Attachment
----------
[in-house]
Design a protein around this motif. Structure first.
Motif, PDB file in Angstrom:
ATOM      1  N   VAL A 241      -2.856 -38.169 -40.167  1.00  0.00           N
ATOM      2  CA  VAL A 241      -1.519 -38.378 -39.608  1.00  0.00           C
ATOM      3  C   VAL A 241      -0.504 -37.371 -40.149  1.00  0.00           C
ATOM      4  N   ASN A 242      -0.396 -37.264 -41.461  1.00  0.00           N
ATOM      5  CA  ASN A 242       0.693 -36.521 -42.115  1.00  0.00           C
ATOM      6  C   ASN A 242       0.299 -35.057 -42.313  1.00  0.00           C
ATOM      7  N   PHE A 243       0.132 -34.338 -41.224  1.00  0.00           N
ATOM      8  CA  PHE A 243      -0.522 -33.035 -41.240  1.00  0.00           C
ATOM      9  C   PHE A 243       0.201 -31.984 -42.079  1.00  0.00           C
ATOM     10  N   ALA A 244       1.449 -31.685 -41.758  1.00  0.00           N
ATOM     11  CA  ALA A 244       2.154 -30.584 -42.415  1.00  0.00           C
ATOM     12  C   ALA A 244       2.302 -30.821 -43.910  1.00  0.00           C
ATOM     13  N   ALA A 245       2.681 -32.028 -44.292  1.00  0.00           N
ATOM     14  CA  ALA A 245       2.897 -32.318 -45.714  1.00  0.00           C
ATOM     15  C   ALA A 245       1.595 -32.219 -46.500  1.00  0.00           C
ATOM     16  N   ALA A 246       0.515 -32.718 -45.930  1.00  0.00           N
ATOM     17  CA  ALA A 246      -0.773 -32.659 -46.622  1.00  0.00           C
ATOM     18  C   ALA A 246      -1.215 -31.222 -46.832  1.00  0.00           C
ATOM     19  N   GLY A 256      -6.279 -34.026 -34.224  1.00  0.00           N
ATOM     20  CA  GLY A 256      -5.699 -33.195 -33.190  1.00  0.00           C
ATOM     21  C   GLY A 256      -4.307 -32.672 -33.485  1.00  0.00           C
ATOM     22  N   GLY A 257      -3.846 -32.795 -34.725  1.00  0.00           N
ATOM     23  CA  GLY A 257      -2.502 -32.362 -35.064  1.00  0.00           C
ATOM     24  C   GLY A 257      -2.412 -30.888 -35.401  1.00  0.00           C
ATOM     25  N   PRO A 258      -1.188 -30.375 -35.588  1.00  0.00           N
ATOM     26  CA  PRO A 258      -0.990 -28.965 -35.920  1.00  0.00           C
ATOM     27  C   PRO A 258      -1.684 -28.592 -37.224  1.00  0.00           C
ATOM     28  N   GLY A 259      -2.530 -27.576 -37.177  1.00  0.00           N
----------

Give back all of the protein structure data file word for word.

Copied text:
[in-house]
Design a protein around this motif. Structure first.
Motif, PDB file in Angstrom:
ATOM      1  N   VAL A 241      -2.856 -38.169 -40.167  1.00  0.00           N
ATOM      2  CA  VAL A 241      -1.519 -38.378 -39.608  1.00  0.00           C
ATOM      3  C   VAL A 241      -0.504 -37.371 -40.149  1.00  0.00           C
ATOM      4  N   ASN A 242      -0.396 -37.264 -41.461  1.00  0.00           N
ATOM      5  CA  ASN A 242       0.693 -36.521 -42.115  1.00  0.00           C
ATOM      6  C   ASN A 242       0.299 -35.057 -42.313  1.00  0.00           C
ATOM      7  N   PHE A 243       0.132 -34.338 -41.224  1.00  0.00           N
ATOM      8  CA  PHE A 243      -0.522 -33.035 -41.240  1.00  0.00           C
ATOM      9  C   PHE A 243       0.201 -31.984 -42.079  1.00  0.00           C
ATOM     10  N   ALA A 244       1.449 -31.685 -41.758  1.00  0.00           N
ATOM     11  CA  ALA A 244       2.154 -30.584 -42.415  1.00  0.00           C
ATOM     12  C   ALA A 244       2.302 -30.821 -43.910  1.00  0.00           C
ATOM     13  N   ALA A 245       2.681 -32.028 -44.292  1.00  0.00           N
ATOM     14  CA  ALA A 245       2.897 -32.318 -45.714  1.00  0.00           C
ATOM     15  C   ALA A 245       1.595 -32.219 -46.500  1.00  0.00           C
ATOM     16  N   ALA A 246       0.515 -32.718 -45.930  1.00  0.00           N
ATOM     17  CA  ALA A 246      -0.773 -32.659 -46.622  1.00  0.00           C
ATOM     18  C   ALA A 246      -1.215 -31.222 -46.832  1.00  0.00           C
ATOM     19  N   GLY A 256      -6.279 -34.026 -34.224  1.00  0.00           N
ATOM     20  CA  GLY A 256      -5.699 -33.195 -33.190  1.00  0.00           C
ATOM     21  C   GLY A 256      -4.307 -32.672 -33.485  1.00  0.00           C
ATOM     22  N   GLY A 257      -3.846 -32.795 -34.725  1.00  0.00           N
ATOM     23  CA  GLY A 257      -2.502 -32.362 -35.064  1.00  0.00           C
ATOM     24  C   GLY A 257      -2.412 -30.888 -35.401  1.00  0.00           C
ATOM     25  N   PRO A 258      -1.188 -30.375 -35.588  1.00  0.00           N
ATOM     26  CA  PRO A 258      -0.990 -28.965 -35.920  1.00  0.00           C
ATOM     27  C   PRO A 258      -1.684 -28.592 -37.224  1.00  0.00           C
ATOM     28  N   GLY A 259      -2.530 -27.576 -37.177  1.00  0.00           N